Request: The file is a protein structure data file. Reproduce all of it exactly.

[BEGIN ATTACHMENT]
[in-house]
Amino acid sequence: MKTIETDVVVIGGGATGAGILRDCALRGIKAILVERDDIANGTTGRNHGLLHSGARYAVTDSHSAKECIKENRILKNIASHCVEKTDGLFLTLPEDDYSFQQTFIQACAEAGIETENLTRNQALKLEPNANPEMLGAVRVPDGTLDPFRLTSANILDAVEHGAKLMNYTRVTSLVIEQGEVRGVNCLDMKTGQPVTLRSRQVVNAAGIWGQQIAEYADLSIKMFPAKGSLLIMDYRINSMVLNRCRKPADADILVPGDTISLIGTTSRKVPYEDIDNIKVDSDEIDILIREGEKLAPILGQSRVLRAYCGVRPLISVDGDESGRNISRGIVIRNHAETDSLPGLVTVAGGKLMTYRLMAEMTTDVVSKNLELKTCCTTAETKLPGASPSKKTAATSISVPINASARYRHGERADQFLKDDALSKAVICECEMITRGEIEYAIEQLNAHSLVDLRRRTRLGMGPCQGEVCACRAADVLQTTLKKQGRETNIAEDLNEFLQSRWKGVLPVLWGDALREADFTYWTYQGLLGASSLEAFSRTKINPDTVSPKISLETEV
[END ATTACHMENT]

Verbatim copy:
[in-house]
Amino acid sequence: MKTIETDVVVIGGGATGAGILRDCALRGIKAILVERDDIANGTTGRNHGLLHSGARYAVTDSHSAKECIKENRILKNIASHCVEKTDGLFLTLPEDDYSFQQTFIQACAEAGIETENLTRNQALKLEPNANPEMLGAVRVPDGTLDPFRLTSANILDAVEHGAKLMNYTRVTSLVIEQGEVRGVNCLDMKTGQPVTLRSRQVVNAAGIWGQQIAEYADLSIKMFPAKGSLLIMDYRINSMVLNRCRKPADADILVPGDTISLIGTTSRKVPYEDIDNIKVDSDEIDILIREGEKLAPILGQSRVLRAYCGVRPLISVDGDESGRNISRGIVIRNHAETDSLPGLVTVAGGKLMTYRLMAEMTTDVVSKNLELKTCCTTAETKLPGASPSKKTAATSISVPINASARYRHGERADQFLKDDALSKAVICECEMITRGEIEYAIEQLNAHSLVDLRRRTRLGMGPCQGEVCACRAADVLQTTLKKQGRETNIAEDLNEFLQSRWKGVLPVLWGDALREADFTYWTYQGLLGASSLEAFSRTKINPDTVSPKISLETEV